Blab stays highly interactive as well with a very lively chat stream that runs along the right side of the four video windows.
After you host a Blab session, you get both an mp4 video file and an mp3 audio file of the recording. These files are available for you to download and can be posted anywhere (for example, on YouTube, SoundCloud, or wherever). The video recording doesn’t have the screen names nor the chat stream. You can see the difference between this version and the embed code version that’s also provide via embeds that I’ve included below.
Compared to Google Hangouts, in the production sense, Blab is less robust. For example, at this time (although Brittnay told us that this is coming at some future time), Blab lacks screen sharing. Likewise, the spiffy lower-third ID’s that are part of Hangouts are not on Blab, but you do automatically get labeled during the live sessions with your name and Blab ID (for example, mine is @joncombridges).
As a work around for the absence of lower-thirds, people have gotten into using apps like ManyCam and CamTwist Studio (Mac only) in order to put graphics into their video frame. In fact, Joel was doing was doing just that all during our program.
I also think it’s worth noting that, in some ways, Blab’s ID feature is substantially better than the lower-third Hangouts feature because it’s interactive. For example, if you like what someone is saying, you can simply click on that ID to follow them on Blab. There is also a link to their Twitter profile so you can follow or list them there as well. The Blab ID also let’s you address them directly in the live chat stream. You also can click on the lower right of any video image to give the speaker “props.” So, what Blab may lack in snazzy production features, it more than makes up for with ease of use and authentically interactive tools that enable real people to have real conversations, in real time.
What About Lead Capture?
One of the questions that I asked Joel and the others during my first Blab Show was about lead capture, or lack of those kinds of features in Blab. For example, I use Google Hangouts within the WebinarJam “envelope” in order to do lead capture when I do webinars because I want to be able follow up with the people who attend my programs via email. What I’m learning is that Blab is something completely different.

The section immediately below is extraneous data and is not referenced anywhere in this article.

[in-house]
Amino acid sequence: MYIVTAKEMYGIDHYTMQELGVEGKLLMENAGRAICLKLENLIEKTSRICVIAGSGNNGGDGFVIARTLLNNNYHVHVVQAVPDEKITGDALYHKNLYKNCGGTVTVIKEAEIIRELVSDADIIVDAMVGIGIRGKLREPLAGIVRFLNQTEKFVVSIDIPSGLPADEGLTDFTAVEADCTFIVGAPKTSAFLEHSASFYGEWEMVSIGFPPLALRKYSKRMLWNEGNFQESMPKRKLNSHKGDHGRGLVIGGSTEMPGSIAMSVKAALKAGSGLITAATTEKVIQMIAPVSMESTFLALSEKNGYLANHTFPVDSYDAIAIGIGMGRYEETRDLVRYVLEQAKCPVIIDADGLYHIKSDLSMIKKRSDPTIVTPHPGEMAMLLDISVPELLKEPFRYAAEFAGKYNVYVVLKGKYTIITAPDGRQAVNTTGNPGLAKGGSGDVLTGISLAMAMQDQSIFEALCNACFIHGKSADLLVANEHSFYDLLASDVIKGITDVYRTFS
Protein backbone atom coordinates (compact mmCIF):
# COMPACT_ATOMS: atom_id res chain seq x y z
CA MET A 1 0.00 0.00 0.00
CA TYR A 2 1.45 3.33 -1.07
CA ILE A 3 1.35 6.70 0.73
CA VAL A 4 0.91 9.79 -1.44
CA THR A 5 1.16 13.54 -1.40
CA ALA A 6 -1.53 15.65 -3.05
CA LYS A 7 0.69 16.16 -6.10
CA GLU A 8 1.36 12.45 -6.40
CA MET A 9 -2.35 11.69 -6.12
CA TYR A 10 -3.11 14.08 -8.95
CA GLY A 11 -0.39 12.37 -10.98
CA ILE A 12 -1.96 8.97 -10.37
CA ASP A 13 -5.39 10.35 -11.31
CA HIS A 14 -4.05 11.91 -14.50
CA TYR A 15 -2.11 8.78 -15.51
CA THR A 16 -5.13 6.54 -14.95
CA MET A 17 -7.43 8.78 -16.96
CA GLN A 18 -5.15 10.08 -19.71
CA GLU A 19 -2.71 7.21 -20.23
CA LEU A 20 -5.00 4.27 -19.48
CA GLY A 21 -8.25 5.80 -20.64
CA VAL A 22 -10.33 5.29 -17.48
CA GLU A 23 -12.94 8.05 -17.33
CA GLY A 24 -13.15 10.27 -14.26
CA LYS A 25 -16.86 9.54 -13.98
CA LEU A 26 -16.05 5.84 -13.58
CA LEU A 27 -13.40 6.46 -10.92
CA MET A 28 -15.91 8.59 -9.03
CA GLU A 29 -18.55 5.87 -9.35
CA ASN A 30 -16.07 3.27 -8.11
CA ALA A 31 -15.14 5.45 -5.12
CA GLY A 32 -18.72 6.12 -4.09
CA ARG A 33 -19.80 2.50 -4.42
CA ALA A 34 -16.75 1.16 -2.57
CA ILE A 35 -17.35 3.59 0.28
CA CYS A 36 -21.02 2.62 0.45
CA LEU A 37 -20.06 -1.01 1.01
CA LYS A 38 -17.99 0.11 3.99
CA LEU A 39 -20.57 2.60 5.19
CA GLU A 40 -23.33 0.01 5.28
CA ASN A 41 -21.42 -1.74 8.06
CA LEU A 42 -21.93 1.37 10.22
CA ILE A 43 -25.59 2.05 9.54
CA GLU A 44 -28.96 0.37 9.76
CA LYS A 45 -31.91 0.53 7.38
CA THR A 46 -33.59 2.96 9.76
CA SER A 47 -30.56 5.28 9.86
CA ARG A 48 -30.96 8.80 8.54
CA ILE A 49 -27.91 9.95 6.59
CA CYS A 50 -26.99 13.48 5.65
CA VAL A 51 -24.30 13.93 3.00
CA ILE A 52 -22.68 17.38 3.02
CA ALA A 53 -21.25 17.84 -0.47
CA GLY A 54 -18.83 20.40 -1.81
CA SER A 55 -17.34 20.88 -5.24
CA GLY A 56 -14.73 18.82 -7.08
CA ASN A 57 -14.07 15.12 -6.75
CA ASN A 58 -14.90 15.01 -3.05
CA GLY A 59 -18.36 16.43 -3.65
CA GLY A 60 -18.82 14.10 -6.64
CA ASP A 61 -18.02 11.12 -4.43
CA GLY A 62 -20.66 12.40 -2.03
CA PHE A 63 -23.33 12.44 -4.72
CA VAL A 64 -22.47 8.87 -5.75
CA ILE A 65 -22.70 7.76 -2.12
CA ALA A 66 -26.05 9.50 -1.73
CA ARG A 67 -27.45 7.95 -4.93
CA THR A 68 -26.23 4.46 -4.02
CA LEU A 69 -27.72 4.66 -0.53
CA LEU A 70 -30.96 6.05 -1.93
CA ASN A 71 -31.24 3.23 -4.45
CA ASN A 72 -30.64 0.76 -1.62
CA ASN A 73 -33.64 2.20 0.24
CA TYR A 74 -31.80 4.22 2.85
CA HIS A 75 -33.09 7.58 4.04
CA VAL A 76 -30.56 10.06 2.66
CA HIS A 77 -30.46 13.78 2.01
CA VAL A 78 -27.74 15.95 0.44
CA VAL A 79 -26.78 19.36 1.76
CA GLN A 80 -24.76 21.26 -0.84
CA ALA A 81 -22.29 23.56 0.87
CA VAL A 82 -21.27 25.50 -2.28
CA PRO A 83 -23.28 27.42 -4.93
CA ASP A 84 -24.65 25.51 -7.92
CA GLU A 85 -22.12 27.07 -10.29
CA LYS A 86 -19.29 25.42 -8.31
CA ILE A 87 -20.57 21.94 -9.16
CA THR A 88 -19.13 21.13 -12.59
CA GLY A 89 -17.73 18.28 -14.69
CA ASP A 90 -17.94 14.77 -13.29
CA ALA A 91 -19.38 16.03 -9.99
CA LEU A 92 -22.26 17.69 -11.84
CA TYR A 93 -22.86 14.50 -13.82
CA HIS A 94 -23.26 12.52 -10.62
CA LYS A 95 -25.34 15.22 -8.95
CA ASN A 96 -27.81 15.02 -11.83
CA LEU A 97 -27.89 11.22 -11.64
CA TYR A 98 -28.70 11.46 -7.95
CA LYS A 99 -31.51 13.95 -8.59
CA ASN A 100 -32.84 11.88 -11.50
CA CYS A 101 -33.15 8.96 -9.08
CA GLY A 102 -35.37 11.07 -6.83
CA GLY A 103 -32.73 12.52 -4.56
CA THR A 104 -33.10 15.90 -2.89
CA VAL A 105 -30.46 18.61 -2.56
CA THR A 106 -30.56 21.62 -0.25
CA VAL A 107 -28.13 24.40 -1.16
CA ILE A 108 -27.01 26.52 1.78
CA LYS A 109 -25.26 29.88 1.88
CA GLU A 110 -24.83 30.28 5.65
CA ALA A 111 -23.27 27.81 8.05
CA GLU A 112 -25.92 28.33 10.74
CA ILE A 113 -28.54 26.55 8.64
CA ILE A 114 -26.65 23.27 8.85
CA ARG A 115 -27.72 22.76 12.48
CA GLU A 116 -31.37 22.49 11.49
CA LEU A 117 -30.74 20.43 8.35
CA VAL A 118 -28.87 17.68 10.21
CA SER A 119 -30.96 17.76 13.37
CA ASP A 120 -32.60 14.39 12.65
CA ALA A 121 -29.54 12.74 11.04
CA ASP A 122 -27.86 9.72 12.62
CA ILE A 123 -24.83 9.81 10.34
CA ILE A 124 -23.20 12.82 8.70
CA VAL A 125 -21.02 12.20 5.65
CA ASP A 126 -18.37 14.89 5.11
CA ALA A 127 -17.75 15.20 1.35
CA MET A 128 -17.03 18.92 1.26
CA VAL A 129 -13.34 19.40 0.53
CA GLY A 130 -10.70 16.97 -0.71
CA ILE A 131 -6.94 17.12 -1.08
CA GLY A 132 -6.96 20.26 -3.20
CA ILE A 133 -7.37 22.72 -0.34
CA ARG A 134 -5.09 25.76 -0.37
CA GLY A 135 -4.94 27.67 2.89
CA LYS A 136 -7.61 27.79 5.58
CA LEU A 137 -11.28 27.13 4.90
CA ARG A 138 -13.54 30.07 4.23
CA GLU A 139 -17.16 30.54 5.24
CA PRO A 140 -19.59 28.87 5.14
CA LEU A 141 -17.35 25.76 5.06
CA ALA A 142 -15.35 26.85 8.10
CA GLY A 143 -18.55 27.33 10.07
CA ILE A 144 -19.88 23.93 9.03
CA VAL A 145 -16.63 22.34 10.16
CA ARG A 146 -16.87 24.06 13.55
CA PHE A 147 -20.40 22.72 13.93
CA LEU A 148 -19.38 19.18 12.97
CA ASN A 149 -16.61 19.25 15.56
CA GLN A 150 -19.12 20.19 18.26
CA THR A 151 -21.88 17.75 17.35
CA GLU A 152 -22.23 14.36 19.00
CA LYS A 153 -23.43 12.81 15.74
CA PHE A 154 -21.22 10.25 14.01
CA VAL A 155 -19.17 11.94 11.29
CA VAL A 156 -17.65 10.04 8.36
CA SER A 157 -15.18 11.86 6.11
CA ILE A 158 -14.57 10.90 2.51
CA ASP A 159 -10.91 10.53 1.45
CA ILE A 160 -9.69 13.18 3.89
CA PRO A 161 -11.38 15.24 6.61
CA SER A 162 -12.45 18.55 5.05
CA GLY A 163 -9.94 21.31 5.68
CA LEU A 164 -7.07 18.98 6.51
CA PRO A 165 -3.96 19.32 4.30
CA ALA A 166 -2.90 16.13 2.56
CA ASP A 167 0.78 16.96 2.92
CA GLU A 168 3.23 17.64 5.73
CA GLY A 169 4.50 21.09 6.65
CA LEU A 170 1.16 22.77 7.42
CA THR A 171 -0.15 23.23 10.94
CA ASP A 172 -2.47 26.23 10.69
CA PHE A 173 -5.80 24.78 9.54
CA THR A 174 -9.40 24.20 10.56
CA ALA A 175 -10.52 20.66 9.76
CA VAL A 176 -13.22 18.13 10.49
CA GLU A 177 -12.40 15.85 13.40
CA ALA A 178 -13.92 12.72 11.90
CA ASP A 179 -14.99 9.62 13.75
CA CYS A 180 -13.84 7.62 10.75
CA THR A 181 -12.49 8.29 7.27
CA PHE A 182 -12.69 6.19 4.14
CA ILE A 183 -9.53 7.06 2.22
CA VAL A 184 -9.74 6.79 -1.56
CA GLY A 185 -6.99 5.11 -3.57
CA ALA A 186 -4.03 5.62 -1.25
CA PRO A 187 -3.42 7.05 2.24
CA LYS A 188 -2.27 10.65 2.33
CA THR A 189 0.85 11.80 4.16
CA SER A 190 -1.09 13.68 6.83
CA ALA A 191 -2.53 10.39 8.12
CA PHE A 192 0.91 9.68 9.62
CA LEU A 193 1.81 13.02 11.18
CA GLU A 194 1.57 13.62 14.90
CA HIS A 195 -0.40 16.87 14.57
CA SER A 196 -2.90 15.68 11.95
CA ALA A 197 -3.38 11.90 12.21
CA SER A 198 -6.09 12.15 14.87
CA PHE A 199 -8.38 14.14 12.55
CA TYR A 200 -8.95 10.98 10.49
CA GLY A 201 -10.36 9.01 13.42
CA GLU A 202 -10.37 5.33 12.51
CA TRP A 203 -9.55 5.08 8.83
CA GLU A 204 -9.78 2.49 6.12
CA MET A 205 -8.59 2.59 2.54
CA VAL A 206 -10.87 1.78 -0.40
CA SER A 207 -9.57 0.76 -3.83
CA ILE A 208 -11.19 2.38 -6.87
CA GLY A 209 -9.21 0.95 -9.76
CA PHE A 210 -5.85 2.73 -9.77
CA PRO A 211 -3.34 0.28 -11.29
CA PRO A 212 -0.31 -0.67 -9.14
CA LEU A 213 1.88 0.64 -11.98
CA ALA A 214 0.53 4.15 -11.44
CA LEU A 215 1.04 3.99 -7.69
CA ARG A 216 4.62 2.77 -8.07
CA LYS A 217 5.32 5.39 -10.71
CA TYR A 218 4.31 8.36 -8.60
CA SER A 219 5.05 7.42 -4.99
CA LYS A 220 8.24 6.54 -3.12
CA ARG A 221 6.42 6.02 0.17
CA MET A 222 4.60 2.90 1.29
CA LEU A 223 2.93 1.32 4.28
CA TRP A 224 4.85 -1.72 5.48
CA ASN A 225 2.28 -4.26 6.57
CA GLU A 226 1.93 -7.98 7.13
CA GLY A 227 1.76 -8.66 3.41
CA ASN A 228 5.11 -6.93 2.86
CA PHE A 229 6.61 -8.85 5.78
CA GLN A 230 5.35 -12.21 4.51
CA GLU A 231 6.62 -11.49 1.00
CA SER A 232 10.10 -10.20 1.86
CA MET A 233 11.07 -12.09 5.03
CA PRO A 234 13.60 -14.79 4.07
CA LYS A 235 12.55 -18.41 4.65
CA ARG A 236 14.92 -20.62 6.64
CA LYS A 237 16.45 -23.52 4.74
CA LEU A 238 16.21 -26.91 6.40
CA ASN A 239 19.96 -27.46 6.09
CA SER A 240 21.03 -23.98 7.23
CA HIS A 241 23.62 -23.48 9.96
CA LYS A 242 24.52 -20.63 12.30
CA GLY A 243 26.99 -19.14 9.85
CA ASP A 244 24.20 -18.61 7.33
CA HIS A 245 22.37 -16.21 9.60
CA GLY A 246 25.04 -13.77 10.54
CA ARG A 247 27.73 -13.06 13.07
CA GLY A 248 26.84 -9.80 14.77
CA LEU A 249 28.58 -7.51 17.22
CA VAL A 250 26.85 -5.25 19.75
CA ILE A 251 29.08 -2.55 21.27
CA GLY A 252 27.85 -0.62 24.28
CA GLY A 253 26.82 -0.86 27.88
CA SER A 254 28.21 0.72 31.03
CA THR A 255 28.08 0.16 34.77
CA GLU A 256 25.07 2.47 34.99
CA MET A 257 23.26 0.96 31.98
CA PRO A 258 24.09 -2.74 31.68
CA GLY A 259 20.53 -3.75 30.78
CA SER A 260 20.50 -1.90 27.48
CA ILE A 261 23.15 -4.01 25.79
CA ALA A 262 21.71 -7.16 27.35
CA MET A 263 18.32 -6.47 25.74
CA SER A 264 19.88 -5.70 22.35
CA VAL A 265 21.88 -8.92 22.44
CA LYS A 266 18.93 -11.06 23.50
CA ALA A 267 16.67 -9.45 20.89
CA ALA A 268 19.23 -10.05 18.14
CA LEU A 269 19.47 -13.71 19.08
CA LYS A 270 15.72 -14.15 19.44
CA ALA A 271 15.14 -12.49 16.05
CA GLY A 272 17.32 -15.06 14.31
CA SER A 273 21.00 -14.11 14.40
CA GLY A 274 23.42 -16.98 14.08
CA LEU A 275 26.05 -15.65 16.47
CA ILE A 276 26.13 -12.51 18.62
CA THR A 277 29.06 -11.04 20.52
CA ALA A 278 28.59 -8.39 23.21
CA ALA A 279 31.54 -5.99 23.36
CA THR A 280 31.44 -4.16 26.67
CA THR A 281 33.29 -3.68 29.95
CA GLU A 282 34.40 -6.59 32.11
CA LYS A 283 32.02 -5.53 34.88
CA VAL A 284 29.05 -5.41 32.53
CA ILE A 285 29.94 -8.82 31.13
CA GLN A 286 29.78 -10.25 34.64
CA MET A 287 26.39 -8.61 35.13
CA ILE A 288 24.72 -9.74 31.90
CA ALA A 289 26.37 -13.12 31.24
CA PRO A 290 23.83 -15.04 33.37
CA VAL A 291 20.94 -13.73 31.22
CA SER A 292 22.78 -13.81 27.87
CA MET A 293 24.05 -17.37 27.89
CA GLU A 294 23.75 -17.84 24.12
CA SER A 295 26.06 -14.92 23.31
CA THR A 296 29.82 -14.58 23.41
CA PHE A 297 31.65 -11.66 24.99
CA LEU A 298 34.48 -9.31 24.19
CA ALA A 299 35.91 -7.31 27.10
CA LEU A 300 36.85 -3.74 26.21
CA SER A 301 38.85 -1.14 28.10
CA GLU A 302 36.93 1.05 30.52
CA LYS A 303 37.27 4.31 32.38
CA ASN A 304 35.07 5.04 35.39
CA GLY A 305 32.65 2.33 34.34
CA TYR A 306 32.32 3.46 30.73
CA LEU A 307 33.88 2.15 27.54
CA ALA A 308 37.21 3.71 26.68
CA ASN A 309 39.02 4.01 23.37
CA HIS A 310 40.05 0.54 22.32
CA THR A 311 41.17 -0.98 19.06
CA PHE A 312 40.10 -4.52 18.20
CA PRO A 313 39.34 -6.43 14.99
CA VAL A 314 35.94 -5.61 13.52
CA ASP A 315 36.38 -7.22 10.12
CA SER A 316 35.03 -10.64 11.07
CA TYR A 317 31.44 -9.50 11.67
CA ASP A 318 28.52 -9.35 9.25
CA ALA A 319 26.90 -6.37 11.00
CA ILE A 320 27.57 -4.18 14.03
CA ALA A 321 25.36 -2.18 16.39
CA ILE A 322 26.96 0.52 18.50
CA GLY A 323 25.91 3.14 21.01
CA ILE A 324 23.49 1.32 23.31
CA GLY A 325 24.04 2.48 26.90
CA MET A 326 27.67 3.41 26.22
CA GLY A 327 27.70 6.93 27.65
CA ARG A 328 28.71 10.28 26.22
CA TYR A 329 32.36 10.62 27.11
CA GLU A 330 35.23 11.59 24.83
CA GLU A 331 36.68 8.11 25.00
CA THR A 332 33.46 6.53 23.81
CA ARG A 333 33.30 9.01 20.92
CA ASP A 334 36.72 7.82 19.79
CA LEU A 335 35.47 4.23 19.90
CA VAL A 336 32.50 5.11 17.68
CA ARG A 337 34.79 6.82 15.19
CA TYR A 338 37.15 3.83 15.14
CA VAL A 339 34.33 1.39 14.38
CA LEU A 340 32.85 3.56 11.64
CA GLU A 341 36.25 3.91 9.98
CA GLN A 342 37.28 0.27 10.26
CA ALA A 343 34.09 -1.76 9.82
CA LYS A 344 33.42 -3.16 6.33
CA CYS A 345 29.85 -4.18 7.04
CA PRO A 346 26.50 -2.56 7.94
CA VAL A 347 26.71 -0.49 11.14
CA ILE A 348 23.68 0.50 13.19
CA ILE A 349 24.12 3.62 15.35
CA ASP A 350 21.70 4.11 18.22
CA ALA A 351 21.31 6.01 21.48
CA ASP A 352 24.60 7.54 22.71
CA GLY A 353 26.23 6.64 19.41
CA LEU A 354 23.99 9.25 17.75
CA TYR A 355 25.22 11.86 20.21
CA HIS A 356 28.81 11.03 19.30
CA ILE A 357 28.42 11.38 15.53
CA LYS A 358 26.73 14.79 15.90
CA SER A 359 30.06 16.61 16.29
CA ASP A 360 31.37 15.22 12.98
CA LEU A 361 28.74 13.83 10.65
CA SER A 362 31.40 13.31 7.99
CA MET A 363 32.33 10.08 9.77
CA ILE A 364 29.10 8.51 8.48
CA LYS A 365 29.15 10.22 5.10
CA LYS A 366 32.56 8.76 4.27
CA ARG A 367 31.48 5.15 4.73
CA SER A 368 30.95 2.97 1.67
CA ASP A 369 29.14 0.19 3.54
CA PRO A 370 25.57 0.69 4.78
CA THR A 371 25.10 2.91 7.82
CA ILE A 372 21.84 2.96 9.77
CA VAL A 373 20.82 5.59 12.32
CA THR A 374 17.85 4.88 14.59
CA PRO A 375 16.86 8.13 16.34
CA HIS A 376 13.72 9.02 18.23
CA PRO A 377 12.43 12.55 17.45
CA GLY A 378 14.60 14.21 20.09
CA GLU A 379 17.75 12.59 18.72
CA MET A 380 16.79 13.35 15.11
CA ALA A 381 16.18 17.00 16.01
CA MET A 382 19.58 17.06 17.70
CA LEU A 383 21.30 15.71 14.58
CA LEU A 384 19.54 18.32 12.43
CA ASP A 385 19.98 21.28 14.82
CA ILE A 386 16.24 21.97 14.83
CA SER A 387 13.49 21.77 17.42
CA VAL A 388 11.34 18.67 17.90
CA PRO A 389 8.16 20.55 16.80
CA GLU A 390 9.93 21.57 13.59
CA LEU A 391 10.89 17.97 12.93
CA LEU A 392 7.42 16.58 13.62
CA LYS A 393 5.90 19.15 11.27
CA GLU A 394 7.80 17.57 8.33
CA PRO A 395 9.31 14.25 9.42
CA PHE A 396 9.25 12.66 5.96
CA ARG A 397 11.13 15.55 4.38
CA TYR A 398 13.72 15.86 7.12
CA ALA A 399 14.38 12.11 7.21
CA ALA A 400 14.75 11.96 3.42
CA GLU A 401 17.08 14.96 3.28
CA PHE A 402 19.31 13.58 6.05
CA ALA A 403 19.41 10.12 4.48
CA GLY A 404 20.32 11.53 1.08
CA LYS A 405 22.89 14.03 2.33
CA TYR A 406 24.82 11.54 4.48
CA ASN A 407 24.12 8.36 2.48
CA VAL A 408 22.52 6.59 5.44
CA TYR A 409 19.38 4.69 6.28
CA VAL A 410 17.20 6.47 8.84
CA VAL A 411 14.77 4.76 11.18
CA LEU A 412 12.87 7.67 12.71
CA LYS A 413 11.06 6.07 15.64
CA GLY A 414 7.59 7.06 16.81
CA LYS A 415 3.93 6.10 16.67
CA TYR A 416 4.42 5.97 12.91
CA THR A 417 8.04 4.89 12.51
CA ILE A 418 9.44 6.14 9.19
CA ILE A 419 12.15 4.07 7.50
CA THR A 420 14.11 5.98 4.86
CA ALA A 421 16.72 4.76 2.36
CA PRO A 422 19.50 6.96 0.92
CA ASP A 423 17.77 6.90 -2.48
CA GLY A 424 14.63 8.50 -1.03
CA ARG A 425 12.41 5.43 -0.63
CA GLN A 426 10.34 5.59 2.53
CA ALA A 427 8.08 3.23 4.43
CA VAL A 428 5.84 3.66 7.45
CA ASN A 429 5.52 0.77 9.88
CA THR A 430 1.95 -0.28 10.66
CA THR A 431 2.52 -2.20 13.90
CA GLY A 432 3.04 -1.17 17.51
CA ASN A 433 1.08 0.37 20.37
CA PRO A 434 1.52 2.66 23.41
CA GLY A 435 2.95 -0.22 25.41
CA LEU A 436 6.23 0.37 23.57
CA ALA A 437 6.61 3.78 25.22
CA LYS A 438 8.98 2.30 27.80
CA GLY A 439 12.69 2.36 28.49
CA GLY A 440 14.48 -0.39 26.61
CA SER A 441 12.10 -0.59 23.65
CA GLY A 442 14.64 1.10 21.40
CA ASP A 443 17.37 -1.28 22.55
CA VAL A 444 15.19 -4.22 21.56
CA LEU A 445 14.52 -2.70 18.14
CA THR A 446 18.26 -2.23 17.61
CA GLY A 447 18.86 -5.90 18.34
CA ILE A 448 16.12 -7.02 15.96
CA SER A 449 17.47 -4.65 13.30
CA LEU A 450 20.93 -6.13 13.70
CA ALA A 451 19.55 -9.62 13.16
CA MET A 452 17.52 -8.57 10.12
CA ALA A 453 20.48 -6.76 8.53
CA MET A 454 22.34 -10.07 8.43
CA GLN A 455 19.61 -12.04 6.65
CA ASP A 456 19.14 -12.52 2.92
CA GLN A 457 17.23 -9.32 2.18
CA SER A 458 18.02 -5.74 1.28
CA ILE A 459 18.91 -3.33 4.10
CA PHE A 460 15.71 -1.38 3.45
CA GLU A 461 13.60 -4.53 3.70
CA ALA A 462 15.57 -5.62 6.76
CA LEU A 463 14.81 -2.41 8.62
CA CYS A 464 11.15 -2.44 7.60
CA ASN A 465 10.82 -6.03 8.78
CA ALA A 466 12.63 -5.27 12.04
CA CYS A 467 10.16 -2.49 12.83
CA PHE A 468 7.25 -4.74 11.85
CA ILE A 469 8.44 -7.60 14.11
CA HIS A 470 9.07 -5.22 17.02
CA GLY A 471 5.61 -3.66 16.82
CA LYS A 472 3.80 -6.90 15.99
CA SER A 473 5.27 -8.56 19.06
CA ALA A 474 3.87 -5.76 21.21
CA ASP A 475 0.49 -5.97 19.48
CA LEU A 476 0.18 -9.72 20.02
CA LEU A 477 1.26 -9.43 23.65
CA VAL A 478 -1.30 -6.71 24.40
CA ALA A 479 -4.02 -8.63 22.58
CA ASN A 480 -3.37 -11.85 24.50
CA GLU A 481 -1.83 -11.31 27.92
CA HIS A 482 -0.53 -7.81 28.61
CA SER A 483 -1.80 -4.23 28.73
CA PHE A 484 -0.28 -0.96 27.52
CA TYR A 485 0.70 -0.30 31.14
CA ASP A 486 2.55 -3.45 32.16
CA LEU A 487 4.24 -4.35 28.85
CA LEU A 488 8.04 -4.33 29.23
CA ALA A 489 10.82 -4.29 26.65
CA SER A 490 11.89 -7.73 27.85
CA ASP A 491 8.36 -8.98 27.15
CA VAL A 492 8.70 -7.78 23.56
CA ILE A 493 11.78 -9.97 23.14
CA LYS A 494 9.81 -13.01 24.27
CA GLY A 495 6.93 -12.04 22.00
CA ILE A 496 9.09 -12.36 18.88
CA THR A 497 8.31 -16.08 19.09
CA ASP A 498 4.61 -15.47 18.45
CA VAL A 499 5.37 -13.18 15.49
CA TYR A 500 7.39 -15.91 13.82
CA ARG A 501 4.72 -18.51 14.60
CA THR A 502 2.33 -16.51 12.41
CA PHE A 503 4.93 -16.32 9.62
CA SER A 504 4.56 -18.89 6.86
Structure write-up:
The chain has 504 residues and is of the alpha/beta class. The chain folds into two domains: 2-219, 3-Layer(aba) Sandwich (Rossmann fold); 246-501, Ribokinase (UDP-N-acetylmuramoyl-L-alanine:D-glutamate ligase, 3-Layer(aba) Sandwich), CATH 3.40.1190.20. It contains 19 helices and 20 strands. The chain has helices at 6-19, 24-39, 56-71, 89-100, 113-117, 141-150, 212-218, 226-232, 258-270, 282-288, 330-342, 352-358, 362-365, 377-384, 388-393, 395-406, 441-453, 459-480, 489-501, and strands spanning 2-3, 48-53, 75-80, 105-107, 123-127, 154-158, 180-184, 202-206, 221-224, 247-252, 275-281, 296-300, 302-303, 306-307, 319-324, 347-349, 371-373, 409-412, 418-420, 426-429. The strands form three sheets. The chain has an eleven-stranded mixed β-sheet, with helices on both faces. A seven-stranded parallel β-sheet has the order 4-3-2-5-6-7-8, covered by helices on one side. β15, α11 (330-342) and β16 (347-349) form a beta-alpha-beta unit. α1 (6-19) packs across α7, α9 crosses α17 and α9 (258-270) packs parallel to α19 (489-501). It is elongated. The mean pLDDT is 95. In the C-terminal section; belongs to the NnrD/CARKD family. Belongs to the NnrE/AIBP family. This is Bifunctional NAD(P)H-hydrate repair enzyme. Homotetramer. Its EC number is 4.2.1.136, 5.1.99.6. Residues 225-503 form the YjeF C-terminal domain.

What Blab delivers, possibly “in spades,” is a completely new way to get exposure. And what’s really important is that that increased exposure is delivered via video so people can really get a sense of you and your expertise or value.
I’m finding that I’m making new friends with my fundamental practice of “Leading with Value” and that’s the most dynamic and perhaps the most important part of Blab. Blab really is about relationship building and making authentic connections. People are doing this on Blab in a way I haven’t seen before on any social media network. I really think it’s worth checking out.
A Video-Powered Way to Increase Your Visibility
As someone said during the program, the Blab experience is very much analogous to being at a party and meeting people. So in that sense, for marketers, Blab is like a new form of the classic free intro call.
One other important dimension of delivering expanded visibility is, as Carlos recommended and I’m demonstrating below, via YouTube. In the future, I’m also going to upload the audio to SoundCloud. In addition, there are people who are using Blab to record podcasts by taking the recording and distributing it via iTunes and so forth. Bottom line, Blab is a new way to get the word out.
That having been said, I watched a Blab the other day that featured Michael Stelzner from Social Media Examiner and he talked about specifically getting enrollments for some of their conferences via Blab. Thus, Blab can be used as an on-ramp both to build your visibility and also, in at least some cases, to make specific offers that then people move down your engagement funnel.
I’m recommending Blab because I’m finding it to be a great way to meet and connect with people. There’s no doubt that in only a little over a week, I’ve made new friends; and, equally important, I’m definitely having fun. Blab is so engaging that it’s literally becoming an addictive kind of social media experience for some people and in that way it’s a great social media environment to be swimming in.
I’m really delighted to have the opportunity to keep this kind of energy going, and I hope to see you (literally via Blab video) next [email protected] (PT).
- “40 Quick Tips for Getting Started with Blab” by Ben Requena
This article has a bunch of very practical Blab techniques and I found it personally to be useful.
- “How Blab Beat Google Hangouts At Their Own Game” by Joel Comm
For the Convenience of Comparison
Please Find Below Two Versions of This Same Program, My First “[email protected]” Blab Program. The first is the embed provided by Blab and the second via upload to YouTube—are provided below for comparison.